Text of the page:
What To Know Before Integrating With Apache Kafka

Kevin Feasel

2019-01-28

Hadoop

Adi Polak gives us seven helpful tips to think about before building a Kafka cluster:

2 — You shouldn’t send large messages or payloads through Kafka
According to Apache Kafka, for better throughput, the max message size should be 10KB. If the messages are larger than this, it is better to check the alternatives or find a way to chop the message into smaller parts before writing to Kafka. Best practice to do so is using a message key to make sure all chopped messages will be written to the same partition.

Read the whole thing.

Spark And Splitting DataFrames

Giovanni Lanzani explains that one technique to split a data frame doesn’t quite work as expected:

Recently I was delivering a Spark course. One of the exercises asked the students to split a Spark DataFrame in two, non-overlapping, parts.

One of the students came up with a creative way to do so.

He started by adding a monotonically increasing ID column to the DataFrame. Spark has a built-in function for this, monotonically_increasing_id — you can find how to use it in the docs.

Read on to see how this didn’t quite work right, why it didn’t work as expected, and one alternative.

ASCII Block Text In Powershell

Roman Gelman shows how to use the Write-Ascii cmdlet to build ASCII art-style text in Powershell:

The ​​​Write-Ascii function from my PowerShell MS-Module module can draw custom text in the PowerShell console using ASCII fonts. This article’s cover was drawn by the Write-Ascii function too. The below code does the same, it writes end of line (EOL) character or emulates the Enter key.

Read on for examples and enjoy.

Generating Reports In Word Via Flow

Chris Webb has an example of taking a data set and generating a report in a Word document:

The idea is to loop through the rows in the Excel table and use the data on each row to populate the content controls in the template and then create a new Word document. Here’s a Flow that does this:

The steps are a bit convoluted, but they work. Chris mentions at the end why people might want to do this, and I’ll reiterate that: I’ve been in several discussions over the years where people want to embed data inside a document without manual intervention, and using tools like Reporting Services, that has not been pretty.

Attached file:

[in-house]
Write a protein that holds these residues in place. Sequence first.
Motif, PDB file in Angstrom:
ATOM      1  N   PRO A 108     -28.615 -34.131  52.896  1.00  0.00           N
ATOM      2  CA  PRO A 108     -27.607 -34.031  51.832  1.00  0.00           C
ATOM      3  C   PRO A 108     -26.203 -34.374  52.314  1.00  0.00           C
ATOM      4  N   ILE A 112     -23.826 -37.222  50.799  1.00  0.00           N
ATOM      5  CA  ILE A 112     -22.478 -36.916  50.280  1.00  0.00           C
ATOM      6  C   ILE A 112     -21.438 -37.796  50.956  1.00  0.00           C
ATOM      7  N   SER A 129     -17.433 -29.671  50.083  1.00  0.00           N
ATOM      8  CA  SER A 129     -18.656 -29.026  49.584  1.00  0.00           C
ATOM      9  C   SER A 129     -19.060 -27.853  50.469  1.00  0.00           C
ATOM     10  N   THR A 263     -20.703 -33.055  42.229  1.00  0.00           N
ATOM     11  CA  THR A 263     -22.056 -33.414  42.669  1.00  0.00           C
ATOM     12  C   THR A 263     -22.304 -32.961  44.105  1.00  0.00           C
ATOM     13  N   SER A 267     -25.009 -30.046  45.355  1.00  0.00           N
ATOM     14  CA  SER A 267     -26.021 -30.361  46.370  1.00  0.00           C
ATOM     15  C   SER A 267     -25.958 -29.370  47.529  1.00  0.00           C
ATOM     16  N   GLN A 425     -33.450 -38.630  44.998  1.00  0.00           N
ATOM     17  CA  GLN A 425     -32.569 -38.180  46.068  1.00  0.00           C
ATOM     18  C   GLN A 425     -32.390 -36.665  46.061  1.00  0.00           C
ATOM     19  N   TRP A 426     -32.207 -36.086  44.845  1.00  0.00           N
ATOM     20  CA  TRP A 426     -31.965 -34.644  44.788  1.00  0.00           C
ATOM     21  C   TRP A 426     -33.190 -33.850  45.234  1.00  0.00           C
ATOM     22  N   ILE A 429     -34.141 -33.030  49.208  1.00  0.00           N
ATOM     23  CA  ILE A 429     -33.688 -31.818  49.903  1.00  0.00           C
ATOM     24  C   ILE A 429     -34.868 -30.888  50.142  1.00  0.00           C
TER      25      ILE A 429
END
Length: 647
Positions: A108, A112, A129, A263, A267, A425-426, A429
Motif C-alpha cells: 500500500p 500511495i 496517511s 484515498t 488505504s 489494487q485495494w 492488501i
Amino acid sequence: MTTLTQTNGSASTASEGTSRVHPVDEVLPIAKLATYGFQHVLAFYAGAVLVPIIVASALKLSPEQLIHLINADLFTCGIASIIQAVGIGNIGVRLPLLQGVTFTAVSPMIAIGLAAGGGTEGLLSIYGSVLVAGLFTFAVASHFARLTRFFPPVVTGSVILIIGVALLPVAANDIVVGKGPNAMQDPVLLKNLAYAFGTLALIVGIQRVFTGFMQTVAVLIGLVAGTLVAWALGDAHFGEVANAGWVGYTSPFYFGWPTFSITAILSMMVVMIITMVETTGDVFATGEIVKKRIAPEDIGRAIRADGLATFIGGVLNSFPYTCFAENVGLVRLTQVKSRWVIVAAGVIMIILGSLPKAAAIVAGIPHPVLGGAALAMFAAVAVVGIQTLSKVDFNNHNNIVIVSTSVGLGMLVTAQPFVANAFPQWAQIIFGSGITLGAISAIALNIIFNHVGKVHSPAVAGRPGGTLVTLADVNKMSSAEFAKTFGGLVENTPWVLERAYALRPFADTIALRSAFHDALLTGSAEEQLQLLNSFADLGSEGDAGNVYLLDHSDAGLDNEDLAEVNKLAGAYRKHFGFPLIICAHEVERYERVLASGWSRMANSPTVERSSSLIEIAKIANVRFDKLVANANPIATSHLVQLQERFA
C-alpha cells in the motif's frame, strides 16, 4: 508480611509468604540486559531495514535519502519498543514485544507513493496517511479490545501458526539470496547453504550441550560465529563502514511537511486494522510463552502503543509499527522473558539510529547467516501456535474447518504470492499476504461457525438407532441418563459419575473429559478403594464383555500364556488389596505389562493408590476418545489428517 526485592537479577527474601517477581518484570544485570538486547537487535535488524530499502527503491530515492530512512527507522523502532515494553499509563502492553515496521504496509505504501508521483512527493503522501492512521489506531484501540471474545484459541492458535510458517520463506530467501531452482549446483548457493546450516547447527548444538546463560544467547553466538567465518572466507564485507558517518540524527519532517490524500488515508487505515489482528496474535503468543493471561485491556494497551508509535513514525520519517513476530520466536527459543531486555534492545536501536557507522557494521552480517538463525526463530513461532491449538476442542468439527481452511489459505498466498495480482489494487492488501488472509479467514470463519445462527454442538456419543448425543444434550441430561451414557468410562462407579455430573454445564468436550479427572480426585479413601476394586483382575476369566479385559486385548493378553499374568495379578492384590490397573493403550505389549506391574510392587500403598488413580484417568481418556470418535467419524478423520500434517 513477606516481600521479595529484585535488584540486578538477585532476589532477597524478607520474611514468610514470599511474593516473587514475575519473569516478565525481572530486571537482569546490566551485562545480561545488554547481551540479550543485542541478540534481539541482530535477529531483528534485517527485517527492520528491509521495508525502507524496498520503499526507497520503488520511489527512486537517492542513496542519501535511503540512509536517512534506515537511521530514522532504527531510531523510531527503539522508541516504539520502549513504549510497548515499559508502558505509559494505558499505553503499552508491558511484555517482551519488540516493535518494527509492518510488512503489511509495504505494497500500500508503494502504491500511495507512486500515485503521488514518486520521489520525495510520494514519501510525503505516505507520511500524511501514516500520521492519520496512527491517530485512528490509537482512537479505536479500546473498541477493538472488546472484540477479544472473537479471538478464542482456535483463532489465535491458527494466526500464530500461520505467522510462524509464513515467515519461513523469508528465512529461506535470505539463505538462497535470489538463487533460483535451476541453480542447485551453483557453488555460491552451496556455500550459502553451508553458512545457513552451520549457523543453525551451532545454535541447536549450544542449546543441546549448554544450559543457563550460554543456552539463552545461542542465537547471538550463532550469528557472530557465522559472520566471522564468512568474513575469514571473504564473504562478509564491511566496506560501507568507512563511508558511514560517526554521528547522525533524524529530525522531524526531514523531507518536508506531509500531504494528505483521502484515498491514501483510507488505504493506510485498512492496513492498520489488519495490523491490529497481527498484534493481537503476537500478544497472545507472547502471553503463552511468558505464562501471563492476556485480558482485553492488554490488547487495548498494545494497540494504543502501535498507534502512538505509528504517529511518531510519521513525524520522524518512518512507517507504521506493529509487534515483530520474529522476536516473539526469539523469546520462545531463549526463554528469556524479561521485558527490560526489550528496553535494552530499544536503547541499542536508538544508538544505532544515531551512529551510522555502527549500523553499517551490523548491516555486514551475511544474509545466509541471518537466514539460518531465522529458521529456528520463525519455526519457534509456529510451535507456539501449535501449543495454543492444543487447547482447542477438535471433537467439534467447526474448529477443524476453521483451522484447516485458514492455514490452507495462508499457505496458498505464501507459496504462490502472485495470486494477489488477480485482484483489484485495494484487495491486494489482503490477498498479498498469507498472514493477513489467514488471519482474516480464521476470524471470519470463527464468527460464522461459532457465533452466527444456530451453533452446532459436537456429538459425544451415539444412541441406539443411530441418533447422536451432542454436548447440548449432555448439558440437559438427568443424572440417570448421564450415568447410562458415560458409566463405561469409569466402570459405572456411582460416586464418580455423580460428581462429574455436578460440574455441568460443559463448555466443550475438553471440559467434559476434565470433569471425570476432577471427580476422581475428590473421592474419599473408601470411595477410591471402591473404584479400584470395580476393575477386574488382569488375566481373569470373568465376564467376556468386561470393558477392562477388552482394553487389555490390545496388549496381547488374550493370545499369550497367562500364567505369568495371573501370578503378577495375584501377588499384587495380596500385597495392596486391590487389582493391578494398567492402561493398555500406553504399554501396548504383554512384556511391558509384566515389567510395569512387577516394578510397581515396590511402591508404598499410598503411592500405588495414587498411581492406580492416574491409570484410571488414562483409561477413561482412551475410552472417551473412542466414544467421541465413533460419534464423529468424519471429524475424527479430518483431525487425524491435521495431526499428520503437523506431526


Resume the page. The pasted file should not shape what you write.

Powershell Core On Ubuntu Using Docker

Max Trinidad has an Ubuntu VM running Powershell Core on Docker:

While learning about Docker Container, I notice that is much easier to installed on a Linux system. In Windows, Hyper-V is a requirement to install Docker, and specially if you want to use the “Windows Subsystem in Linux” WSL feature, there’s more setup to complete. So, I’m not using Hyper-V, I’m using VMware Workstation.  To keeping simple, I created an Ubuntu 18.04 VM using VMWare Workstation.

You can find the Docker CE installation instructions in the following link.

If you’re using Ubuntu 18.04. make sure to install Curl, as it isn’t included in the OS.

Click through for instructions on how to set this up and join the three layers club (which is not quite the three commas club but close).

Emulating PERCENTILE_DISC

Kevin Feasel

2019-01-28

Syntax

Lukas Eder points out that there are two ways to use PERCENTILE_DISC() and most database platforms support only one:

Oracle has the most sophisticated implementation, which supports both the ordered set aggregate function, and the window function version:
– Aggregate function: PERCENTILE_DISC (0.5) WITHIN GROUP (ORDER BY x)
– Window function: PERCENTILE_DISC (0.5) WITHIN GROUP (ORDER BY x) OVER (PARTITION BY y)

But there are ways to calculate PERCENTILE_DISC() using a couple of window functions, so read the whole thing.

Platform Compatibility and SSDT

Ed Elliott walks us through platform compatibility in SQL Server Data Tools:

Sometimes you don’t have the perfect development environment for SQL Server, sometimes you deploy to things like SQL Azure and want to test locally, for various reasons it is possible that you want to deploy to one version of SQL Server but set the project properties to a different version of SQL Server. If you find yourself in this situation you might need to use the parameter AllowIncompatiblePlatform
 which essentially says “I know I said the project is for SQL 2017 but I am deploying to SQL 2014”, anytime you say this you also sign the contract that says “If I am deploying to a lower version then I have made sure I haven’t used any keywords or object types that didn’t exist in that version and also if everything fails then so be it, I live with my choices every day”.

The story is a little complicated, but Ed straightens it out for us.

SESSION_CONTEXT Is Case-Sensitive

Kevin Feasel

2019-01-28

T-SQL

Steve Jones notes an issue people may have when trying out the SESSION_CONTEXT() function in SQL Server:

Notice a difference? In the first query, I have SupplierID, but the second is SupplierId, with a lower case “d”. These keys are determined when you use sp_set_session_context, which takes a sysname value for the key. These are going to be case sensitive, as each one is a different identifier.

Click through for the full story. I’m not a fan of case-sensitivity in general and especially not in a system where, by default, most things are case-insensitive.

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